The number of small family farms in the UK has declined by almost half over the last three decades, a report has found.
It revealed that farms have experienced rapid change, with succession being one of the biggest risks to the future of small farms. Older farmers may struggle to retire without a definite successor in place.
The report, conducted by the University of Exeter, was commissioned by the Prince’s Countryside Fund to determine the pace of change and to find ways farms might improve performance and attract new interest to the profession.
The report also found that small family farms were on “an agricultural treadmill” – facing huge demands and subject to mounting pressures, such as volatility in milk and meat prices and weak export trade.
However it did find that top performing small farms were just as efficient as many larger farms. The most profitable farms, it found, were those likely to have a successor, regardless of size.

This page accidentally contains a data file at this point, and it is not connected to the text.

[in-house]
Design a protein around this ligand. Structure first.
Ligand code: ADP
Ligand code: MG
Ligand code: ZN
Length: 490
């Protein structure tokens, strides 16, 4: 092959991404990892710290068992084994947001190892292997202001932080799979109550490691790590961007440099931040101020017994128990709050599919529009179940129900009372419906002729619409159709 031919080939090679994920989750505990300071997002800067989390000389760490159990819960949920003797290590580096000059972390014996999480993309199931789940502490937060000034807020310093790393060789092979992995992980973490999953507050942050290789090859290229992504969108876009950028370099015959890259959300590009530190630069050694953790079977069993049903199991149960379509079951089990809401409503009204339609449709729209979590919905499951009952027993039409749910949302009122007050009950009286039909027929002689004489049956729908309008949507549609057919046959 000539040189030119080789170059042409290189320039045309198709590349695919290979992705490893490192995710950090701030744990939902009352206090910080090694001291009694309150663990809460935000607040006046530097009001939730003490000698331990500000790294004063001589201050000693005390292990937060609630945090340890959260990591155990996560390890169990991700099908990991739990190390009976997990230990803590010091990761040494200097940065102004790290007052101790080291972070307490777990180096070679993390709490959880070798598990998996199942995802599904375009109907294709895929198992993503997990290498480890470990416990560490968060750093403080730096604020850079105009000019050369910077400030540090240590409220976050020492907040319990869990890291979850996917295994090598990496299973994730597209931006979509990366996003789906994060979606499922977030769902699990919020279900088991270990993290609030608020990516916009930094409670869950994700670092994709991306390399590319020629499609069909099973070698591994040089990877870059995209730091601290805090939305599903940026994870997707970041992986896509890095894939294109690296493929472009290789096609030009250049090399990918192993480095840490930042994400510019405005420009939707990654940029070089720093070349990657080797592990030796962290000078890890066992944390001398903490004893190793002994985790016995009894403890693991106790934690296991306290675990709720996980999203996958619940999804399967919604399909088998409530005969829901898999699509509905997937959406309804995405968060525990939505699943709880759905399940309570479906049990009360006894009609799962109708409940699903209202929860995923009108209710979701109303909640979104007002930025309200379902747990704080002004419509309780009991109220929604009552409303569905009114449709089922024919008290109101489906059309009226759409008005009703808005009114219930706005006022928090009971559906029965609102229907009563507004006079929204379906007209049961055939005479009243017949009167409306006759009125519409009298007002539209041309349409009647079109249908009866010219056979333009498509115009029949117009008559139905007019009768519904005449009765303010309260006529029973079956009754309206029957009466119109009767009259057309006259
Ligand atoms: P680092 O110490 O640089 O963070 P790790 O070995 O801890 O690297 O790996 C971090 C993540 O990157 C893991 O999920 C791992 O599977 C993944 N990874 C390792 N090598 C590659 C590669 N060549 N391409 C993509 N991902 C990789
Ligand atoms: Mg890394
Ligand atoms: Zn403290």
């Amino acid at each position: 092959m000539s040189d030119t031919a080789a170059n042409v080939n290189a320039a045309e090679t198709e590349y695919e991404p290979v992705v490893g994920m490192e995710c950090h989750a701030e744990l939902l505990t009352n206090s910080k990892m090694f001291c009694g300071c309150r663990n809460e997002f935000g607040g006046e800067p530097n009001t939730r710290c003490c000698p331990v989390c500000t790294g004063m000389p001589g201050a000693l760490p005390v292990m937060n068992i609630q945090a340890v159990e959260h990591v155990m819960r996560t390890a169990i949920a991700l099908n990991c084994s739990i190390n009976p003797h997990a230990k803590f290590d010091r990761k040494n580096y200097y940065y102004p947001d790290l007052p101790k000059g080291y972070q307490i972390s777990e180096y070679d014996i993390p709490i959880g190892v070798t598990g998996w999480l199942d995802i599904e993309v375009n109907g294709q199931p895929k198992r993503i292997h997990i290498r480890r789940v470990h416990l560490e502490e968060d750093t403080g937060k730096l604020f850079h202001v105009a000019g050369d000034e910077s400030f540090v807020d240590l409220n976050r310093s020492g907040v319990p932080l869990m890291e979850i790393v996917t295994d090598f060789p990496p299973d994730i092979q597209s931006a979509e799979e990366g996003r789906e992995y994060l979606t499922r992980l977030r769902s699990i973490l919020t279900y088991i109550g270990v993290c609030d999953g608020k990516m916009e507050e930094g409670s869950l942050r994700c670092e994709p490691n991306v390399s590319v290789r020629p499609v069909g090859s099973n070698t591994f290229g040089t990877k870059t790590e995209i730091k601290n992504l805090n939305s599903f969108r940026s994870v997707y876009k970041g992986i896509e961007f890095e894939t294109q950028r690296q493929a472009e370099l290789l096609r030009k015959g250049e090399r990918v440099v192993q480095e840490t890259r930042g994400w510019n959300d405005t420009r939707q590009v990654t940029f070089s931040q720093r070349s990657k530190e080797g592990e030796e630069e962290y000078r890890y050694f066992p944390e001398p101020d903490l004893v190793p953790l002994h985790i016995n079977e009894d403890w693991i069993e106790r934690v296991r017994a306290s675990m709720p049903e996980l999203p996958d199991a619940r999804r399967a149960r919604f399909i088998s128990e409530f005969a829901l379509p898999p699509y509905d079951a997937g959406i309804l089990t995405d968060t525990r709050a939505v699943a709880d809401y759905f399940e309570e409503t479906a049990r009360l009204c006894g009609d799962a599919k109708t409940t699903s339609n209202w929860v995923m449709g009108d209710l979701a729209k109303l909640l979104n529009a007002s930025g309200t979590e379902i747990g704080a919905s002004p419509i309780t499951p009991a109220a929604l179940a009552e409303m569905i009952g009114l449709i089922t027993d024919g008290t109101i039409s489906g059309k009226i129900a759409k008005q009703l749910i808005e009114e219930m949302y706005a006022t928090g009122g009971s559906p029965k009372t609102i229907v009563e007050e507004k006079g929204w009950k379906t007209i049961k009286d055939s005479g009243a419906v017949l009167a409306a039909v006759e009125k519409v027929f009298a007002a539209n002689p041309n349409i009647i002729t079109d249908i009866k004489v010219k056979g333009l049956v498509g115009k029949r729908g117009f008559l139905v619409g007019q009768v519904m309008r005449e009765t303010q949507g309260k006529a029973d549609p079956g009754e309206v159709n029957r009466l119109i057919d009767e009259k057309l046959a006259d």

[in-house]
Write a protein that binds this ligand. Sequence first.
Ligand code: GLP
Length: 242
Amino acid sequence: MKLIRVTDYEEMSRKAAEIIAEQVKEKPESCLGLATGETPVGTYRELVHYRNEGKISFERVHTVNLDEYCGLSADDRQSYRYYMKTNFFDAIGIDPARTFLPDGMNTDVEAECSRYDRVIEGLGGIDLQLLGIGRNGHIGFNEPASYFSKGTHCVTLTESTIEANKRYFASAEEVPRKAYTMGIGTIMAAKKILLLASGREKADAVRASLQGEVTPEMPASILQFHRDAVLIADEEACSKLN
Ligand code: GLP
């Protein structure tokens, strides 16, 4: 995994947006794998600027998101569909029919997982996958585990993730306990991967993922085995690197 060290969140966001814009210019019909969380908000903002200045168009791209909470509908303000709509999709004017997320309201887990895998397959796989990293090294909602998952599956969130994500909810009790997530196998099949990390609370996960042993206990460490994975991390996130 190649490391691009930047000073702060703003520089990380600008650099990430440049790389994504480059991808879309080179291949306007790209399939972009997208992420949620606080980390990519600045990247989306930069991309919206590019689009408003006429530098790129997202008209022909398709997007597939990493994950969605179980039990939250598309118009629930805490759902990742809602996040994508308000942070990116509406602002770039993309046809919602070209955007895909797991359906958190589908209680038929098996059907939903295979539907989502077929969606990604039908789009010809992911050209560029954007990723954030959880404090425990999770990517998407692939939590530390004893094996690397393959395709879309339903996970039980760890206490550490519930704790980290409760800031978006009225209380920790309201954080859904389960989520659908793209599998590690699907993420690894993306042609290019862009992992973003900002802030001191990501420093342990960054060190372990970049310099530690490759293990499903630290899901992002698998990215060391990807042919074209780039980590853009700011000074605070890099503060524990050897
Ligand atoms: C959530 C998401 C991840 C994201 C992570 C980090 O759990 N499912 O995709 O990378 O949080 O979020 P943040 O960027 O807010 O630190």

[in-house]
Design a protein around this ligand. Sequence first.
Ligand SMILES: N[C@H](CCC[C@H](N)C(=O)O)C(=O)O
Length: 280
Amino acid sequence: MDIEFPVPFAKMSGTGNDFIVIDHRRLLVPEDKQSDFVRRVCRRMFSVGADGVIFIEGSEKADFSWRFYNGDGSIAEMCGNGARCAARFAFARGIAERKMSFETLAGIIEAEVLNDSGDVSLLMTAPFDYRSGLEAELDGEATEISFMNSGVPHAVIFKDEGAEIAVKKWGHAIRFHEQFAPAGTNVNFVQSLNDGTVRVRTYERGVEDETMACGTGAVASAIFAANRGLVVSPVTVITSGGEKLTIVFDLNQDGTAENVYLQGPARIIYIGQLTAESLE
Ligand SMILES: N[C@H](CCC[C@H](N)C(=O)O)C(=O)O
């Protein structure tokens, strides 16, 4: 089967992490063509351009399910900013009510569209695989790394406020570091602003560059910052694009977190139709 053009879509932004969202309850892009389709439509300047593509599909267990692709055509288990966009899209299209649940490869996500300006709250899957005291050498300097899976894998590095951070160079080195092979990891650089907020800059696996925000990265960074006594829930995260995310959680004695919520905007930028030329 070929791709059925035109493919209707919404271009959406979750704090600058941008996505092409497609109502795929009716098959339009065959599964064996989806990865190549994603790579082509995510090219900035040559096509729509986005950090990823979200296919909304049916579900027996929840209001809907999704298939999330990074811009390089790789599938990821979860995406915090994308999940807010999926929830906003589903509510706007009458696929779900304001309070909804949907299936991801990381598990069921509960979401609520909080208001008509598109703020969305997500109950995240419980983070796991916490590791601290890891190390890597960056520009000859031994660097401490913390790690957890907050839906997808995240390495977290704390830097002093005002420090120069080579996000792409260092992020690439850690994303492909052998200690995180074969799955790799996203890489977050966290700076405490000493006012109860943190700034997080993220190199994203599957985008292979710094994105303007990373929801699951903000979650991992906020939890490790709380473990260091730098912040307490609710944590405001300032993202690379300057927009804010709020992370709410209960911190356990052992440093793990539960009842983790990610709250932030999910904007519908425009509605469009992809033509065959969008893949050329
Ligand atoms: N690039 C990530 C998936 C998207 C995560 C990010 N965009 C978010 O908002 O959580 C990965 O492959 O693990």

It also found that many small family farms have been merged into surrounding larger farms.
Claire Saunders, director of The Prince’s Countryside Fund, said, “It has been heartening to learn from the report how innovative many small farms are. Support is needed now to encourage the next generation into farming. The Prince’s Countryside Fund is developing new initiatives to support these businesses and help those who live and work in the countryside.”
The Prince’s Countryside Fund, which earlier this month announced over £550,000 of funding for rural initiatives, is set to announce details of a new rural support programme at the end of July.